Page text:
Beware of a glut in hydel electricity

Published February 7, 2023
REDUCED reliance on imported fuels for power generation — thanks to nuclear and Thar coal plants — should help curtail the country’s energy import bill of roughly $23bn a year.
—Optimus Capital Management
REDUCED reliance on imported fuels for power generation — thanks to nuclear and Thar coal plants — should help curtail the country’s energy import bill of roughly $23bn a year. —Optimus Capital Management

KARACHI: There’s going to be a glut of hydel-based electricity, and it won’t even remotely be cheap.

“People think hydel electricity is sasta. That’s absolutely wrong. All run-of-the-river projects, except Dasu, will have 10-11 cents (per unit cost),” said Shahid Sattar, energy expert and executive director of the All Pakistan Textile Mills Association, while participating in a panel discussion on Thar energy projects on Monday.

As much as 20,000 megawatts of hydel capacity is in the pipeline, with nearly all projects priced at 10-11 cents a unit, he said.

“They’re all in IPP (independent power producer) mode. Where’s the room for expanding cheaper solar or Thar energy? You’ve already tied up the pie,” he said.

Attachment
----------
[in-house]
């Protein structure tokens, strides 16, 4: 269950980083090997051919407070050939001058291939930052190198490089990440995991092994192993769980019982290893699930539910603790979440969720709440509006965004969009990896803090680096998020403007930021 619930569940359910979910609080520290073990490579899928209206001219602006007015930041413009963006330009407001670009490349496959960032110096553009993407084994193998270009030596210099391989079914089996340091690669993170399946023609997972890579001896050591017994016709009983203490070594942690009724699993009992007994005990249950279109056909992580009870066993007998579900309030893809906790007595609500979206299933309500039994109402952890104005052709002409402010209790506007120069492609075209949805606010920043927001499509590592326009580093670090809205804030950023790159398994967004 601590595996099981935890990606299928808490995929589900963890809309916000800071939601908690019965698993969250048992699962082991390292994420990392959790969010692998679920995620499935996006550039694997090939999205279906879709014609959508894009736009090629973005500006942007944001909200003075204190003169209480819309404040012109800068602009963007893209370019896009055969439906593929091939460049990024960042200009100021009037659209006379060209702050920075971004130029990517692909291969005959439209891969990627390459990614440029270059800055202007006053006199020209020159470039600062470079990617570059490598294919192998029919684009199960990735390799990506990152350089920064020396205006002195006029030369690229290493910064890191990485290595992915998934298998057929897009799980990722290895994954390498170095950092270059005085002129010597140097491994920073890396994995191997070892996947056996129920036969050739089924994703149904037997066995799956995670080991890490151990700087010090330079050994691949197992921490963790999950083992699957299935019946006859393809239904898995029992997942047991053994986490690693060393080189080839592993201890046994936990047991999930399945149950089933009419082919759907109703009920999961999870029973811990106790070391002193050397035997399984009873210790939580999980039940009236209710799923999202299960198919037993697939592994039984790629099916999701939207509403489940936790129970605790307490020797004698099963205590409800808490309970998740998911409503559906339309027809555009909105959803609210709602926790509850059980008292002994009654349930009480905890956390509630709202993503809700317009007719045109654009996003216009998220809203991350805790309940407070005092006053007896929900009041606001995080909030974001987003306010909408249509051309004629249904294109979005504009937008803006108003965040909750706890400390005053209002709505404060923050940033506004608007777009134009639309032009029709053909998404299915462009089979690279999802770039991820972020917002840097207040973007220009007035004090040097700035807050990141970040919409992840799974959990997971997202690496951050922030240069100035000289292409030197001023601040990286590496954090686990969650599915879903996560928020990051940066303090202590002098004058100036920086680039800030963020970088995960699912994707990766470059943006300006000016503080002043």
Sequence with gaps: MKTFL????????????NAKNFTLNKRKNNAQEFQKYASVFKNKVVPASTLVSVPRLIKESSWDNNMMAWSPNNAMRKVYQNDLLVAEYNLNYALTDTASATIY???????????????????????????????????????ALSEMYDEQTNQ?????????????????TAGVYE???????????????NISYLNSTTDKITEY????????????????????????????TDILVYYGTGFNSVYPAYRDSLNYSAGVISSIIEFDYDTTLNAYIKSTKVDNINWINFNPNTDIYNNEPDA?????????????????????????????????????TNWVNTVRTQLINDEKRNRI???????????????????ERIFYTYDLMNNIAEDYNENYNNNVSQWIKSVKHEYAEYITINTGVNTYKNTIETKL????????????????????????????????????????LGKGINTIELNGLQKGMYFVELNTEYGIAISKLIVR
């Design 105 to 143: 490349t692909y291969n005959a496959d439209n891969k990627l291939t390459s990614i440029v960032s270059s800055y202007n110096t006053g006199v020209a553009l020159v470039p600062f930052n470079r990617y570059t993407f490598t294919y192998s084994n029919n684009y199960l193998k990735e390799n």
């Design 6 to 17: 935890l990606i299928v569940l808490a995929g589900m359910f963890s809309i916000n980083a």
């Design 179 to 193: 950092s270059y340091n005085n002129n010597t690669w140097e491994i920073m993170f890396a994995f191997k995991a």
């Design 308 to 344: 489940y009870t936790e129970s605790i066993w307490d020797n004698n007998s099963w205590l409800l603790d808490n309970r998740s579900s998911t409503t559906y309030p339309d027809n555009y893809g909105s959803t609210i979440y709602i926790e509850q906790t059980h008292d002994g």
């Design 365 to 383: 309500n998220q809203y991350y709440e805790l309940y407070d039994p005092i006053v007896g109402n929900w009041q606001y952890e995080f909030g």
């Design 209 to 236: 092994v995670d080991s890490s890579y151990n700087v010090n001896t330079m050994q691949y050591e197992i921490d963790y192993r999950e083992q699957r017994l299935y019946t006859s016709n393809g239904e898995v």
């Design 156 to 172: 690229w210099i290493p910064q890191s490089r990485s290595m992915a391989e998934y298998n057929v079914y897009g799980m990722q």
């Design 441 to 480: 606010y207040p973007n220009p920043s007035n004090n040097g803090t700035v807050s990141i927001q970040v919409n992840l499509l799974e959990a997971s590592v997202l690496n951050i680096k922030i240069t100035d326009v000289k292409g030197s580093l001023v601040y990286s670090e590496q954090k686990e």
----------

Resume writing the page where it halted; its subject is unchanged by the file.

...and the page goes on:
The share of hydel in the power generation mix for the first half of 2022-23 was 32.2 per cent versus the 14pc of imported and local coal.

“In the medium term, I don’t see any relief in energy costs. These take-or-pay contracts have to be honoured. Hydel projects are a must-run,” he said while noting that Pakistan will be bound to pay heavy capacity payments, which constitute about 99pc of the cost of hydel power.

The country has tied up all upcoming capacity expansion in hydel projects, he said, adding that reducing the cost of energy will remain a pipedream unless the government gets out of these long-term power purchase agreements.

“We have to get out of them. There’s no other way.”

Energy sector analyst Ali Khizar said the government must prioritise the transmission network to evacuate electricity from Thar-based power plants to the rest of the country. The situation isn’t different in the case of the Jhimpir wind corridor, which can produce thousands of megawatts but lacks the transmission infrastructure for smooth evacuation.

Some of the coal-based power plants use imported fuel because there’s no excess output from the current mining operations in Thar. The Private Power and Infrastructure Board (PPIB) is in the process of initiating a bankable feasibility study for converting existing three imported coal-based power plants to Thar coal.

Plants by Engro Powergen Thar Ltd, Thar Energy Ltd, ThalNova Power Ltd and Thar Coal Block-1 Power Generation Company Ltd are producing about 2,640MW of energy. These power plants usually rank high on the merit order, which is in the ascending order of price per unit of electricity.

Published in Dawn, February 7th, 2023

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